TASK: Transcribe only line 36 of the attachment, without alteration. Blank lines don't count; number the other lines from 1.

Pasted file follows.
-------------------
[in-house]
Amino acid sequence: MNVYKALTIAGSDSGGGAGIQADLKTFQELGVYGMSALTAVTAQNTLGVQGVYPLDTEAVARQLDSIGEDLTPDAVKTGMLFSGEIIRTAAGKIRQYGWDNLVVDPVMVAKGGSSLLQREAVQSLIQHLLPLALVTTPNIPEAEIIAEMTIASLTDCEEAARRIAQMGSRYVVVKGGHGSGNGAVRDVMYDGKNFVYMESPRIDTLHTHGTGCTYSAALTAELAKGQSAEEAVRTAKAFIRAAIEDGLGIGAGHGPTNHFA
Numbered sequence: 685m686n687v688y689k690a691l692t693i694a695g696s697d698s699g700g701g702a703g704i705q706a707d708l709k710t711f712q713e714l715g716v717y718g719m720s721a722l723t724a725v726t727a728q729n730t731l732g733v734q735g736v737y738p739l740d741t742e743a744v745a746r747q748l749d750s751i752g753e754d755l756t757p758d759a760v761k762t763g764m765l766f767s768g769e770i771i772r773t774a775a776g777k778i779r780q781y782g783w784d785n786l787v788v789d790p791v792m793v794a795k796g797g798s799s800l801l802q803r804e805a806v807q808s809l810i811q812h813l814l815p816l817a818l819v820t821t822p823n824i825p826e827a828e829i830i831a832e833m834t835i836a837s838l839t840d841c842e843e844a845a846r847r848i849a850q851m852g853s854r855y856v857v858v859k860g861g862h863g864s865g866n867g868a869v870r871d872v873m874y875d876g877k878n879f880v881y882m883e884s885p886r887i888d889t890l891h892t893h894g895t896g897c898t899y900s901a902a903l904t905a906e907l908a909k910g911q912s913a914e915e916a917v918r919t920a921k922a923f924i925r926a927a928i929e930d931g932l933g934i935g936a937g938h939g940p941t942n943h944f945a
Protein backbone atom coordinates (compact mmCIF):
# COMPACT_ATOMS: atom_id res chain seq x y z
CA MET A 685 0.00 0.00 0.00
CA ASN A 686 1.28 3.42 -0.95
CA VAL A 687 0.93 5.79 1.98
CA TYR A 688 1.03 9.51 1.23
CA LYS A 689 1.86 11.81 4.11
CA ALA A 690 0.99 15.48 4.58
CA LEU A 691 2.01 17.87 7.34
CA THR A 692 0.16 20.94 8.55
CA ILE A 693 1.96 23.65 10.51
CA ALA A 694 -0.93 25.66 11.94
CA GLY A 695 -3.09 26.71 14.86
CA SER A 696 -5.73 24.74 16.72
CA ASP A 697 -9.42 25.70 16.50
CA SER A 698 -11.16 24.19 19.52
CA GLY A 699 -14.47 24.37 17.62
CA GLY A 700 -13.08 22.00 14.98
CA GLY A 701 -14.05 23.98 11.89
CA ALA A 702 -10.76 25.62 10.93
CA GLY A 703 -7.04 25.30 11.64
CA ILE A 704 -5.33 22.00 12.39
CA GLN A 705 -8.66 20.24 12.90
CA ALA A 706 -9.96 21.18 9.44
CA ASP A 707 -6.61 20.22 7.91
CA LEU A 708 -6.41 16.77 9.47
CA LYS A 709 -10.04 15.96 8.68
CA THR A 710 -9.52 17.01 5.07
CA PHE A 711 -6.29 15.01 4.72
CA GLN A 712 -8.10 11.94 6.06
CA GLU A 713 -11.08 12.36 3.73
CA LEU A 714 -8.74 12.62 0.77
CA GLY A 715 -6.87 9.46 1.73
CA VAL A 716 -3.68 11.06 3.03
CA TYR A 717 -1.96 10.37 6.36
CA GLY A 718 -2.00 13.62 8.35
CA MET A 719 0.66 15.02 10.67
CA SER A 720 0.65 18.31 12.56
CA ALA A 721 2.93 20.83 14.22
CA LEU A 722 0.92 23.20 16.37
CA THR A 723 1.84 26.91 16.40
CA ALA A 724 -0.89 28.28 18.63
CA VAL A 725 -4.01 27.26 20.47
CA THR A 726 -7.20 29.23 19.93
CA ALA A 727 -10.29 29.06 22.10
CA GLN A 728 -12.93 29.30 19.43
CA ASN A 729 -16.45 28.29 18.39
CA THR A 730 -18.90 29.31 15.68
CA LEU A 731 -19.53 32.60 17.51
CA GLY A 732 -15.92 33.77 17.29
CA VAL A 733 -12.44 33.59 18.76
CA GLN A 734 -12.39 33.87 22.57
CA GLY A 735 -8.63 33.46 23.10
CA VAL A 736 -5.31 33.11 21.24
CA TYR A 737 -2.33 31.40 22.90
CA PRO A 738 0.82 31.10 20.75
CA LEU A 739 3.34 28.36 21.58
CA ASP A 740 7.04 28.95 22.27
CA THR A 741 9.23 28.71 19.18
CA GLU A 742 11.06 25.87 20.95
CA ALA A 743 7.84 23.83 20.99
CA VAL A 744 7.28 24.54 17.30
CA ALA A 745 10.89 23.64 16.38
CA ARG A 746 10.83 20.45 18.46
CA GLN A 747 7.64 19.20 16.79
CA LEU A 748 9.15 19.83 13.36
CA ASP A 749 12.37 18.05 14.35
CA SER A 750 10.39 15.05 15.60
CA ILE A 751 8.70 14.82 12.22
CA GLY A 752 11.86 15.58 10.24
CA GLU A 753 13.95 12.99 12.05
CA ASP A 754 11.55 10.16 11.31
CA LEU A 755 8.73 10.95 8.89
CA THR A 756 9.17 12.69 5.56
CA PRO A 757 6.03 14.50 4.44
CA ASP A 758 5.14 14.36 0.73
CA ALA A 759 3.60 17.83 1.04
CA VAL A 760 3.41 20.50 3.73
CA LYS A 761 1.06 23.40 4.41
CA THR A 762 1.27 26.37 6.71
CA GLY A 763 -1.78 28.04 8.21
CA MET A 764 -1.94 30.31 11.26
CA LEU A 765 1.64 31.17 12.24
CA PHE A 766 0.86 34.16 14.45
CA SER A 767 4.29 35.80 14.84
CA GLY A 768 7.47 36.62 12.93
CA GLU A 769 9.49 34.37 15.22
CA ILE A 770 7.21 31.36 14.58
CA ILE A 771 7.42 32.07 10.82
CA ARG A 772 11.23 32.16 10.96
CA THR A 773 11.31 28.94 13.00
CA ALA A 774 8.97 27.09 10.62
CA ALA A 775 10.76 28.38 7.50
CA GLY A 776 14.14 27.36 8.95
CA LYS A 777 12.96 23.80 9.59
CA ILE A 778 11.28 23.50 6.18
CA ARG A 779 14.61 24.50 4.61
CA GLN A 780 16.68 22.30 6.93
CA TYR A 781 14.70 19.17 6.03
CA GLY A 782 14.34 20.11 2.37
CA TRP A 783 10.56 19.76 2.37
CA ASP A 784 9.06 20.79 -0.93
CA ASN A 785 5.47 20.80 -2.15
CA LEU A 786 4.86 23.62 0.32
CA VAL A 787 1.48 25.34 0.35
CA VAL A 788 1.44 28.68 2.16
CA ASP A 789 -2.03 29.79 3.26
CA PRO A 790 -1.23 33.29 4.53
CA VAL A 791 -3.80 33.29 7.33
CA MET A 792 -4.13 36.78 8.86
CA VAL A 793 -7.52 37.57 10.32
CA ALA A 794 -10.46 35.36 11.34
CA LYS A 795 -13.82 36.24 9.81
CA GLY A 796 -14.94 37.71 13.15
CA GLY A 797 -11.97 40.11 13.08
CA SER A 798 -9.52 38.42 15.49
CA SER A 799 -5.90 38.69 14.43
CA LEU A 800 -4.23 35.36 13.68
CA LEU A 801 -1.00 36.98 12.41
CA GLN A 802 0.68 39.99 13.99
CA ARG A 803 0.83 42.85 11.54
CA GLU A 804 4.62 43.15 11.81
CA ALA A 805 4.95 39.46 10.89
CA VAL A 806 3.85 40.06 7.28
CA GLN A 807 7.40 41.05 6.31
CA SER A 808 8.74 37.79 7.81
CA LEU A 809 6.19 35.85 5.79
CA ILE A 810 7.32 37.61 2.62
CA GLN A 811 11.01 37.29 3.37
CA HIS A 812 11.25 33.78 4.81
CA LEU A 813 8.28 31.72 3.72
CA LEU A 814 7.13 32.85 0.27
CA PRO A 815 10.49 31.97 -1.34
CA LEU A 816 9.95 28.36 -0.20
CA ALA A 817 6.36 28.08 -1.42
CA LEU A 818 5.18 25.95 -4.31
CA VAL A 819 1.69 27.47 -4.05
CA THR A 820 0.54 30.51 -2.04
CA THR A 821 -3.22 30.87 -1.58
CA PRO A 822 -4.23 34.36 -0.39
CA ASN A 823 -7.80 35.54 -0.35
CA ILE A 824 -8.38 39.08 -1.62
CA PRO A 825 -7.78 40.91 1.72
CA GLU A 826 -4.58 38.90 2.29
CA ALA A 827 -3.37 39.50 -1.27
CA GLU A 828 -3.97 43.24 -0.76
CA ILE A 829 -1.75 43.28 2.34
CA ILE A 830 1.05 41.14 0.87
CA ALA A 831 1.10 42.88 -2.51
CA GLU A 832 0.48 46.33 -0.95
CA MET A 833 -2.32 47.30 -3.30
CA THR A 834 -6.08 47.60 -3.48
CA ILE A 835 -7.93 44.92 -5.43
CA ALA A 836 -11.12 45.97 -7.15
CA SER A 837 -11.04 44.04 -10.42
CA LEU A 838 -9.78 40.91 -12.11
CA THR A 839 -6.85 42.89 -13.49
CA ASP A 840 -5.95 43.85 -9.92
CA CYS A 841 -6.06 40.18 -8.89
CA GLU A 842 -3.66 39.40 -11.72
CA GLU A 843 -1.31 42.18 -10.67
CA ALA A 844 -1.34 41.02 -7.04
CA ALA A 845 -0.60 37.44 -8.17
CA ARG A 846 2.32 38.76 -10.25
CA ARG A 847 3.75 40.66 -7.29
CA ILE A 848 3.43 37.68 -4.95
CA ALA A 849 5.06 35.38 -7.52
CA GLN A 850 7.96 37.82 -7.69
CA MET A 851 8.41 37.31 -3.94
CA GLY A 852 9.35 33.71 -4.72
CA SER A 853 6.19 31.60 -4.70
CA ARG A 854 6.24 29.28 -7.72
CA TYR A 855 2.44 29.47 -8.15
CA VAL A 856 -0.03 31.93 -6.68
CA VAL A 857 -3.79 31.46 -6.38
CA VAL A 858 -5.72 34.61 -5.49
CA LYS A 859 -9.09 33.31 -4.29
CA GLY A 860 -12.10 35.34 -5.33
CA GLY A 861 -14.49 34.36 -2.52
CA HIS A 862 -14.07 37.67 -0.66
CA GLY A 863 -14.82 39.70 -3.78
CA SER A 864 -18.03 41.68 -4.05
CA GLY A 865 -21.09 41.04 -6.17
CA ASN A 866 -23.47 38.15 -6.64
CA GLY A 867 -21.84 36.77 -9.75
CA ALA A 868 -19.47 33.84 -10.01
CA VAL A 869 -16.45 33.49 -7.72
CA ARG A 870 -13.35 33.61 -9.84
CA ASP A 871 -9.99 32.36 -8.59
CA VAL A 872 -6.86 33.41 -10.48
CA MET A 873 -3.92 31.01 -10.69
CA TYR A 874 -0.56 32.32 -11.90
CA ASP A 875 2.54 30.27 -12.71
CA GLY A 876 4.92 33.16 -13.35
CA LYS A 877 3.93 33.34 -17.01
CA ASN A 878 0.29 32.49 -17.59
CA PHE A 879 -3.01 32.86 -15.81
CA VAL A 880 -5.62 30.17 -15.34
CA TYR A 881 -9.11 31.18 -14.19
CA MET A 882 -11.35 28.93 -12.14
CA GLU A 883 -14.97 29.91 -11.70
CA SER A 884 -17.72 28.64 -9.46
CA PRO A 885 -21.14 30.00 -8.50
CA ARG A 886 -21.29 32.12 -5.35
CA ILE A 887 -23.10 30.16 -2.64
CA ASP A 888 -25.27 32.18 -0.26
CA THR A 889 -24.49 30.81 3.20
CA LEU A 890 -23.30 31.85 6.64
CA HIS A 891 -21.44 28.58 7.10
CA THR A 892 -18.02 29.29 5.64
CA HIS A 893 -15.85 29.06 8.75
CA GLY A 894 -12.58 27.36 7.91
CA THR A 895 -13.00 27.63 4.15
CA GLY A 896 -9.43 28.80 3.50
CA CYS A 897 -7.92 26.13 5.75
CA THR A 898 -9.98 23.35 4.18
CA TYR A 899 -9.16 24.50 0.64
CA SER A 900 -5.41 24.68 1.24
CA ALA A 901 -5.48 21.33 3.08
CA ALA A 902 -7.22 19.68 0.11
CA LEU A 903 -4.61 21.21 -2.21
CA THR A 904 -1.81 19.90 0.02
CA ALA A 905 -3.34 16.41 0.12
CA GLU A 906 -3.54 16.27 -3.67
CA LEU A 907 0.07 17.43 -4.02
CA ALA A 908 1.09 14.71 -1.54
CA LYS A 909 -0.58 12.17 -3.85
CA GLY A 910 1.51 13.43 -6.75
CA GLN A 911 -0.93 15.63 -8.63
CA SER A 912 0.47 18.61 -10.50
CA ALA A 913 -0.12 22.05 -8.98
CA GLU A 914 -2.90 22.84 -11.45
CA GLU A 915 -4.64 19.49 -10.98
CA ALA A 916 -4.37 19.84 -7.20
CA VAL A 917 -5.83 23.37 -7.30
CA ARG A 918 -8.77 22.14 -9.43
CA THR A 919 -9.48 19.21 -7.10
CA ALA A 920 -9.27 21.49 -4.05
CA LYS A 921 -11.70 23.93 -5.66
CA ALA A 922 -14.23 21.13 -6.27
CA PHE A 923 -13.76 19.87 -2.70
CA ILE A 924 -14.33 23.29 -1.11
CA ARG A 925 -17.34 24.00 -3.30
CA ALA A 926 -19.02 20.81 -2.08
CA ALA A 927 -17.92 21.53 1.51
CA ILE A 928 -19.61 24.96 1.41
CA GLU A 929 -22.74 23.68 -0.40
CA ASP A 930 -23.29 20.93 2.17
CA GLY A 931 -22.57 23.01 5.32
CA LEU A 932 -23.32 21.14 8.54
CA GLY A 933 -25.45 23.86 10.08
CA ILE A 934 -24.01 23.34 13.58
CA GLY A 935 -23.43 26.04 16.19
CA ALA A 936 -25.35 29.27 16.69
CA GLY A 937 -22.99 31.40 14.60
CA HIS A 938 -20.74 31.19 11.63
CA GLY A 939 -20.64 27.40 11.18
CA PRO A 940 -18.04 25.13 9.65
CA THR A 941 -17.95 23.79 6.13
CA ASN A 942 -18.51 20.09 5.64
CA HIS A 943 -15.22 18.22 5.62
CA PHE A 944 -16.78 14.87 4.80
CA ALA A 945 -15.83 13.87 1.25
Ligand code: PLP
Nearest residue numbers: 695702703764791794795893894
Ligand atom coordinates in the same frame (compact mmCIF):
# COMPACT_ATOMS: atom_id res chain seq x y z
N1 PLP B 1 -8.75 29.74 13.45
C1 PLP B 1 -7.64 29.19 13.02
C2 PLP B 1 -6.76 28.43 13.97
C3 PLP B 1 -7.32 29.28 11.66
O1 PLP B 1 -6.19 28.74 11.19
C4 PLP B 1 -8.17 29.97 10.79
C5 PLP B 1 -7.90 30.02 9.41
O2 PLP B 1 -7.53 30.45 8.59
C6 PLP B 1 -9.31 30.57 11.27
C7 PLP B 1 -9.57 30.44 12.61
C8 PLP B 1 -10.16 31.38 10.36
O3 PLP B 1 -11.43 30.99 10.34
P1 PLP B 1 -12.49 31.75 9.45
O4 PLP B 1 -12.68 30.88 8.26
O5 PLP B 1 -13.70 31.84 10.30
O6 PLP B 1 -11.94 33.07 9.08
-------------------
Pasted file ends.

CA GLY A 715 -6.87 9.46 1.73